A Mississippi Pooch Meets Her Match

March 13, 2019


After Danny R. graduated from Columbia Law School, he planned to move to California and take the bar exam. But he had one order of business first: adopting a dog.

Danny grew up on a horse ranch in Fresno, California, where his father was a ranch hand. He was surrounded by animals growing up—including horses, a talking macaw, chickens and dogs—but having been away from home for nearly 10 years, he sorely missed the companionship of a wet nose and a four-legged running buddy.

His only criteria for a dog was that it be young and small, so they could fly together to Los Angeles.

“I showed up one day at the ASPCA and Bixby fit those requirements,” Daniel explains. “She was just 12 lb. and would fit in a carry-on. Plus, she was very affectionate.”

A Southern Belle moves to the Big Apple

The black Poodle-mix had been transported to New York City from Oktibbeha County Humane Society in Starkville, Mississippi, by the ASPCA’s Relocation Team, which transports animals from shelters in areas of high homeless pet overpopulation (known as source shelters), to destination shelters, where there is a higher demand for adoptable animals. The ASPCA moved 2,569 animals from Oktibbeha in 2017 and relocated another 2,708 in 2018.

“Effective relocation partnerships not only help shelters like Oktibbeha reduce overcrowding, but it also allows them to focus on development of best practices and new programs to improve animal welfare and save more lives in their communities,” explains the ASPCA’s Lou Guyton, Senior Director of Relocation. 

Rachel Maso, Senior Manager of Behavior at the ASPCA Adoption Center, fondly recalls Bixby’s arrival. She helped socialize the pooch by supervising her interaction with other dogs. “I almost adopted her myself,” says Rachel. “She was lovely, though slightly fearful.”

Reina in the snow

Another New Kingdom

Bixby, now called Reina (for “queen” in Spanish), is very well-adjusted these days, and made the cross-country airplane journey without any issues “You didn’t even know she was there, she was so quiet,” Danny says.

Reina in hay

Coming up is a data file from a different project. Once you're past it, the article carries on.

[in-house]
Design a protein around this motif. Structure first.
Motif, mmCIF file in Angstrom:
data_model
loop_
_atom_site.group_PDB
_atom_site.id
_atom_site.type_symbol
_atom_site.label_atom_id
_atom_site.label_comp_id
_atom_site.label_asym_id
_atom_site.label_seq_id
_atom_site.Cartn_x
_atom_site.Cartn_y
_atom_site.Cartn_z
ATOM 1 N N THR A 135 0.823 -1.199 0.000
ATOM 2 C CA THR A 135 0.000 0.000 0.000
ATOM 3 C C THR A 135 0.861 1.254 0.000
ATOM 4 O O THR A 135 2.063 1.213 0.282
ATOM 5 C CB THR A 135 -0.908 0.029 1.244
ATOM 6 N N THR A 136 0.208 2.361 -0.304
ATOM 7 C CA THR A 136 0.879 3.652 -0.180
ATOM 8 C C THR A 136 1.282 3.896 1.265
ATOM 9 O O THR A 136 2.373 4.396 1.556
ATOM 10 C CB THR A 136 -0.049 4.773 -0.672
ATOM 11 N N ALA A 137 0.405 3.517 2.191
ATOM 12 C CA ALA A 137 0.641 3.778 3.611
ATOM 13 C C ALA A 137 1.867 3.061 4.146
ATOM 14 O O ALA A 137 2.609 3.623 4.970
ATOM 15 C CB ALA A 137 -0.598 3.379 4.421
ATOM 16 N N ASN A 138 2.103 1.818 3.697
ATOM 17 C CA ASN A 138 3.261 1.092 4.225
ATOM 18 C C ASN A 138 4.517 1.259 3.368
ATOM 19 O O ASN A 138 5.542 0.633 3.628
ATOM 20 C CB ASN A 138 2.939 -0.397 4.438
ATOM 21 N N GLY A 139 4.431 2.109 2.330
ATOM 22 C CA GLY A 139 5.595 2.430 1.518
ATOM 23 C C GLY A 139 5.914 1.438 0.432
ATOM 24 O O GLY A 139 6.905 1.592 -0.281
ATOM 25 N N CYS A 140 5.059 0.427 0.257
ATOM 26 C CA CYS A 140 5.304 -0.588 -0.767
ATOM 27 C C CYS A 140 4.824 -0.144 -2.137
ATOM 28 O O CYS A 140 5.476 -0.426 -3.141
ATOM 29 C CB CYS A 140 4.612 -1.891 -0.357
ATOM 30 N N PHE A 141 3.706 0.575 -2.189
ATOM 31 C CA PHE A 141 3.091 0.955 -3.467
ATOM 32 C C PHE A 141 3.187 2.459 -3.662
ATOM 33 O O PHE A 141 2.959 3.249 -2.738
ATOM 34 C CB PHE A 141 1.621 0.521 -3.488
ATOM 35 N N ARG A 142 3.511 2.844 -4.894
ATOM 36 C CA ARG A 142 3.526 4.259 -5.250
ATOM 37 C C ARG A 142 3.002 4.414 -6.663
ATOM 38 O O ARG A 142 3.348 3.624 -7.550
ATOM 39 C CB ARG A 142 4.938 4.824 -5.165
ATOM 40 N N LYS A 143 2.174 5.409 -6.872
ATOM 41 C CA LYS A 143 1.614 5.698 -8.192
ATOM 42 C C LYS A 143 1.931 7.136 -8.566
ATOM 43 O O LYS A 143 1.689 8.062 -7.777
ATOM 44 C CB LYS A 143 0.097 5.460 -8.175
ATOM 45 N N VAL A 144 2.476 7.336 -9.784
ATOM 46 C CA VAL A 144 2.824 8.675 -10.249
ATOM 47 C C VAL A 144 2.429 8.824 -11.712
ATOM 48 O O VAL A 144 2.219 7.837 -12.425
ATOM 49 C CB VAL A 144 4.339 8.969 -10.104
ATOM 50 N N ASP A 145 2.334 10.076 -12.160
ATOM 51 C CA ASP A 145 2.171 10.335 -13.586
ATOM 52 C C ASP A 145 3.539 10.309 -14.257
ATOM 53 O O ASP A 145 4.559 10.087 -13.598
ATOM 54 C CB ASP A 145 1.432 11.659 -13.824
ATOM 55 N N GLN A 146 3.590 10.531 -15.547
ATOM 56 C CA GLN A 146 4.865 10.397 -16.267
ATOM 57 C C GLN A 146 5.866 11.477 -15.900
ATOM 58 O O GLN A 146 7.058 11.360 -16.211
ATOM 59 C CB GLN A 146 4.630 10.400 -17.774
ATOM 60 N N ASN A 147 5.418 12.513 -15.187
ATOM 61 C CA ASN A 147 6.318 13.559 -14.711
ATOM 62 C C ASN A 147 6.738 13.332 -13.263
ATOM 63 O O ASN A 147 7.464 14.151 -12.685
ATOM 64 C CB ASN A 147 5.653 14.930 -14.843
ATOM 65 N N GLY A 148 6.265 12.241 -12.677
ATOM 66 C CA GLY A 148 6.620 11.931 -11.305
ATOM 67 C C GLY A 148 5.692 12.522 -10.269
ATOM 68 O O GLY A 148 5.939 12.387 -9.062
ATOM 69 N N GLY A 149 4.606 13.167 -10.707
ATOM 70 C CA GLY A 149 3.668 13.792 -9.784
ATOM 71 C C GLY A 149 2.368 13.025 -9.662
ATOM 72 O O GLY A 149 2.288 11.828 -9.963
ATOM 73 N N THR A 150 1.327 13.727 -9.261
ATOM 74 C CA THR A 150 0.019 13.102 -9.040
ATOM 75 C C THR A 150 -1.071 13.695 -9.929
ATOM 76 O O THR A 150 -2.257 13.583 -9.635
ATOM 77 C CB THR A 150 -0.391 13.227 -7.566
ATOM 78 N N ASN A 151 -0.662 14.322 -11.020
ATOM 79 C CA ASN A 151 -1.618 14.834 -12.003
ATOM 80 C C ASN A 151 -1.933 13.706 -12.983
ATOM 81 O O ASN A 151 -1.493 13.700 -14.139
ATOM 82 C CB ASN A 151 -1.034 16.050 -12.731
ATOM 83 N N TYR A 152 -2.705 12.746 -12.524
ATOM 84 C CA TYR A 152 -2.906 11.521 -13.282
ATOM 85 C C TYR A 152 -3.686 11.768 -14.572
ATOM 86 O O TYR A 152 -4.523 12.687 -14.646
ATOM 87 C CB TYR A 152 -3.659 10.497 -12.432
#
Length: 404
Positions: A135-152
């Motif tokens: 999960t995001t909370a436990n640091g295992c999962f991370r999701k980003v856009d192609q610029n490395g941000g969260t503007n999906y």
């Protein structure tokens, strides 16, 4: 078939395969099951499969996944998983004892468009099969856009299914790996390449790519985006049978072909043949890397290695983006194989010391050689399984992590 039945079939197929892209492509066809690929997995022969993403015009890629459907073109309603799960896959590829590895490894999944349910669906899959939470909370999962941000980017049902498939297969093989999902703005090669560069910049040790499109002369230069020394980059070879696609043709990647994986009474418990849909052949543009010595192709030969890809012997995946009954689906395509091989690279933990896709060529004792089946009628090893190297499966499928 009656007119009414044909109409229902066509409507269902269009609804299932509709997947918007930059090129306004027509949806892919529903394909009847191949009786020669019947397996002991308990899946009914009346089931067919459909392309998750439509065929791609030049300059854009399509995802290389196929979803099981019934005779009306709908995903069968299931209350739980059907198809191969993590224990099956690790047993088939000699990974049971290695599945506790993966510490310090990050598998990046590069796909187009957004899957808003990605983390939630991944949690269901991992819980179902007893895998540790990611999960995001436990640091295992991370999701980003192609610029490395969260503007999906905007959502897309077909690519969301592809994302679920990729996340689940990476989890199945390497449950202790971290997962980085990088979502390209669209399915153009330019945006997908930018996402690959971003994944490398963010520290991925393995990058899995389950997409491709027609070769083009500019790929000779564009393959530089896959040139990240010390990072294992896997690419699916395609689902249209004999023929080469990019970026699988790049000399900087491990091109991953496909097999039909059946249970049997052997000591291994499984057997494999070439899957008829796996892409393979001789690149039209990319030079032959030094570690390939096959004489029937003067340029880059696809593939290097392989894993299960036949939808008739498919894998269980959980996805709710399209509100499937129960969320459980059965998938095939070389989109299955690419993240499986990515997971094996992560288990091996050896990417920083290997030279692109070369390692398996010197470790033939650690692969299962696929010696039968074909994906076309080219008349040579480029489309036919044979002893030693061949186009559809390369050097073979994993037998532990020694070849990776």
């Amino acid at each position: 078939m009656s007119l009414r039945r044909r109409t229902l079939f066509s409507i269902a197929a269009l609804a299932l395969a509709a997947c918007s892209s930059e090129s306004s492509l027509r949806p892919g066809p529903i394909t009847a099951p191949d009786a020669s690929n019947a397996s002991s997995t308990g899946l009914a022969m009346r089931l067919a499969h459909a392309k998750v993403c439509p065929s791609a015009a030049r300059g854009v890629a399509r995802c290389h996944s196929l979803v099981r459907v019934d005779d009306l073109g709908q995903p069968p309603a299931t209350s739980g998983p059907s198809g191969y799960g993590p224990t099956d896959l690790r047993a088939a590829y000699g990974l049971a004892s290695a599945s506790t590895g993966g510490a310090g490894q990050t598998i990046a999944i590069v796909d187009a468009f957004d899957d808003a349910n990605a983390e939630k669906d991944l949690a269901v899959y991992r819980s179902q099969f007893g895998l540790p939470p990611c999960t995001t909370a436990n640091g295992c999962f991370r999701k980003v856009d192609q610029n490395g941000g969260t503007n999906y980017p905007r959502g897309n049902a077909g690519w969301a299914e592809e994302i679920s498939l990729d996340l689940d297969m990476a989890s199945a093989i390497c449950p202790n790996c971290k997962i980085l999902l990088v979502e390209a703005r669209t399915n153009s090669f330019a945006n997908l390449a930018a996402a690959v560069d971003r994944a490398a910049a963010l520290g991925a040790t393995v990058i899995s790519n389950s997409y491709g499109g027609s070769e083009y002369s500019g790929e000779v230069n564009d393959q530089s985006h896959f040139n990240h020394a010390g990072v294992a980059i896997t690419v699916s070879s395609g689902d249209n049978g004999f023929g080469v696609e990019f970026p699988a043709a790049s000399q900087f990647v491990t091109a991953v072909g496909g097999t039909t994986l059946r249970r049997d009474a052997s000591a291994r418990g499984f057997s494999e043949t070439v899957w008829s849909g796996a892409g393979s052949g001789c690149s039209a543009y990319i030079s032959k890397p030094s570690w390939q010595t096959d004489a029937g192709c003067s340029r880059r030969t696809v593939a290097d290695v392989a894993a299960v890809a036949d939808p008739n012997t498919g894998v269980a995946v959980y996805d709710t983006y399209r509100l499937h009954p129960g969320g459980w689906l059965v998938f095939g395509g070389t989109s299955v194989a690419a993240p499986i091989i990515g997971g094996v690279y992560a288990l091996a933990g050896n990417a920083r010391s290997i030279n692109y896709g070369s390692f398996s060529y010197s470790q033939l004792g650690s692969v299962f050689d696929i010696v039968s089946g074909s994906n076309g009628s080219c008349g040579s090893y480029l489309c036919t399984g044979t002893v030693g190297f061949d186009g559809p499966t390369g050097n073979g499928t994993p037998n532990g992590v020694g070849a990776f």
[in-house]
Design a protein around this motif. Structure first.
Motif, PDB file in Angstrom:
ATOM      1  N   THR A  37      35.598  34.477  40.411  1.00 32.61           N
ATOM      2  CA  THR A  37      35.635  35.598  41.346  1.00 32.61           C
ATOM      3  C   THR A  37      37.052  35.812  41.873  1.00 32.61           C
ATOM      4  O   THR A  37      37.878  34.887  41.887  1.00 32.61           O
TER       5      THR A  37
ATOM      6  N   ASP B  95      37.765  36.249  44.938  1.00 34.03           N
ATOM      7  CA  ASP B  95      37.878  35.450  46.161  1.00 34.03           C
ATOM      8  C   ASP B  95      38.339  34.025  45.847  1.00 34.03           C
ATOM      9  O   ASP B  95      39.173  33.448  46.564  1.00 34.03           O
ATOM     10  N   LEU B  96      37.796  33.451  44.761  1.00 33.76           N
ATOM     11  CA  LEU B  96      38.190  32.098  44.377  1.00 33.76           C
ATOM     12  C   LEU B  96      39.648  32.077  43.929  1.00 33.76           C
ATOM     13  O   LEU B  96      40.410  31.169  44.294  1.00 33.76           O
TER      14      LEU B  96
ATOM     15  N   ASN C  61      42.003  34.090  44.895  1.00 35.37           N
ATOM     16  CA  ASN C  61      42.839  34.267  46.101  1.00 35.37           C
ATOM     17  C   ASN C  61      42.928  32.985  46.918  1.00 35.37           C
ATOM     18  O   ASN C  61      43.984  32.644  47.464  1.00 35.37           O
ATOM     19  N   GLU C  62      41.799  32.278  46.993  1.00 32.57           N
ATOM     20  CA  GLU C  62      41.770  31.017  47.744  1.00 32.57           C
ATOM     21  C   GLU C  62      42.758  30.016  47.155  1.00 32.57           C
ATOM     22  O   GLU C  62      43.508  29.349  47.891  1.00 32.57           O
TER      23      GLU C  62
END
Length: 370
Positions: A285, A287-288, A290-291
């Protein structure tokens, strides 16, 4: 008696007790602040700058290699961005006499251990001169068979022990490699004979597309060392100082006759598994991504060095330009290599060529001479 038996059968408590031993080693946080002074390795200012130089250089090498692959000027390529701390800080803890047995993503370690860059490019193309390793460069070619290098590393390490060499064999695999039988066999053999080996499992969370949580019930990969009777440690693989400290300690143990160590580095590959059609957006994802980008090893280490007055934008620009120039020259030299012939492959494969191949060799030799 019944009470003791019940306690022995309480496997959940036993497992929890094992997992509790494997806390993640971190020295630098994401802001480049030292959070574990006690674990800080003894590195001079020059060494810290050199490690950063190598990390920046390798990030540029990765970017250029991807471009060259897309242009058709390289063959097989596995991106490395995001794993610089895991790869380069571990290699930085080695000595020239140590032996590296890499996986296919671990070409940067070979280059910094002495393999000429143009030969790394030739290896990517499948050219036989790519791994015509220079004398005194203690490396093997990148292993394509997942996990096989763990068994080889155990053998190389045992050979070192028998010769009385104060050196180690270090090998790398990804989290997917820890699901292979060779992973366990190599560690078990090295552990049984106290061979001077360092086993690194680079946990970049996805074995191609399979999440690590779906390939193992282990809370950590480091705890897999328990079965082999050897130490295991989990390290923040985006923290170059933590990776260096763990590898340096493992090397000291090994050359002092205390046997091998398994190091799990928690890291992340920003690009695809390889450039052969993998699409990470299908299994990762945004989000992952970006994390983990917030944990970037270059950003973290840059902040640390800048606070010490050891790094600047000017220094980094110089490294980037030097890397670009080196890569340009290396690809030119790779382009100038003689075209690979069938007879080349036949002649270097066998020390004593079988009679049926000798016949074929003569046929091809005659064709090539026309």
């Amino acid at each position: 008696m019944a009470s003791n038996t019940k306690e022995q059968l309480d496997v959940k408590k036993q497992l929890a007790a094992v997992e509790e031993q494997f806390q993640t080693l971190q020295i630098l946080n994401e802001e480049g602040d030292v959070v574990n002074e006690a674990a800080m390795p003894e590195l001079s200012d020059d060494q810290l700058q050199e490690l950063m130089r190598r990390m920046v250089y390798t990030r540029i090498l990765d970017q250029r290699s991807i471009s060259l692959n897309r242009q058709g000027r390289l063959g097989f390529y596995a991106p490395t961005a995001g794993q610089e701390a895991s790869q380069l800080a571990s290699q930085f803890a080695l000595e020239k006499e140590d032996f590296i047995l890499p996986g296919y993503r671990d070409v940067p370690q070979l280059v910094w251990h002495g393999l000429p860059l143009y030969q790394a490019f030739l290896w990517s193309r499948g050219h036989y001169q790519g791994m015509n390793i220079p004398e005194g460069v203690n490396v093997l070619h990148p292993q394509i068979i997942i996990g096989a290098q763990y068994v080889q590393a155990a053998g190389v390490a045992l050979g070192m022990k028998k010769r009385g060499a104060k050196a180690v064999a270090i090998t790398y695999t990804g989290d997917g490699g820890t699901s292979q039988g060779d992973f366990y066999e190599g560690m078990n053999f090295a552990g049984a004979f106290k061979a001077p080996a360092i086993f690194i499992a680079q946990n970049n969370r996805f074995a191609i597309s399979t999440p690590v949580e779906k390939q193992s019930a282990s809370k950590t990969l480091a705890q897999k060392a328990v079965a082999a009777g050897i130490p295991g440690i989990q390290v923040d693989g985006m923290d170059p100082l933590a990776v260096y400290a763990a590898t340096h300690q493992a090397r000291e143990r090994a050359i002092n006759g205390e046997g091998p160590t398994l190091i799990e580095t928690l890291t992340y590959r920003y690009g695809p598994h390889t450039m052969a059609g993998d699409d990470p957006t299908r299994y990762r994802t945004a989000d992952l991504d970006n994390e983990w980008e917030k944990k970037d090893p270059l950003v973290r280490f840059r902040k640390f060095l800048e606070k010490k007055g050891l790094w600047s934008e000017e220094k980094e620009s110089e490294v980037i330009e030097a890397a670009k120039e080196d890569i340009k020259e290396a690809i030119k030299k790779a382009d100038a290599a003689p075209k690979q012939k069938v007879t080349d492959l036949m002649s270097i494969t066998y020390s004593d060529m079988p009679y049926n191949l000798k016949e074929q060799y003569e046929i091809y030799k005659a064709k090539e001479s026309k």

Danny’s parents still have a working ranch, which Danny and Reina visit about once a month. 

“Reina has the time of her life,” Danny says. “She has lots of space, three other dogs to play with and a myriad of other species. She’s a mini-hurricane, and she brings all the energy.”

And on the three and a half hour jaunts from L.A. to Fresno and back, “Reina’s a great co-pilot,” Danny adds.

At home, Danny and Reina run together every morning and visit their local dog park for playtime. They enjoy hanging out with friends, including a Husky named Gus and a cat named Lady Pounce.

Reina at home

Make Adoption Your First Option®

Danny has strong opinions about adopting an animal versus buying one, as well as finding a good match. 

“We didn’t have much money growing up, so buying a dog from a breeder was never an alternative,” says Danny, who is one of four children. “There’s a huge supply of homeless dogs out there, so there’s no need to buy one. Our family always rescued dogs.”

“I think when you decide to get a dog you should be asking yourself why you want a dog,” he adds. “Is it for companionship? For exercise? Because you like the way it looks? Be honest with yourself. The more requirements you impose, the less it’s about companionship and the more it is about wanting a plush toy. In the broader sense, having a dog is about making a connection with another living being; it’s about compatibility.” 

Danny and Reina are proof positive that love and compatibility can be discovered no matter where you’re from, where you’re found, or where you fly.

Reina and Danny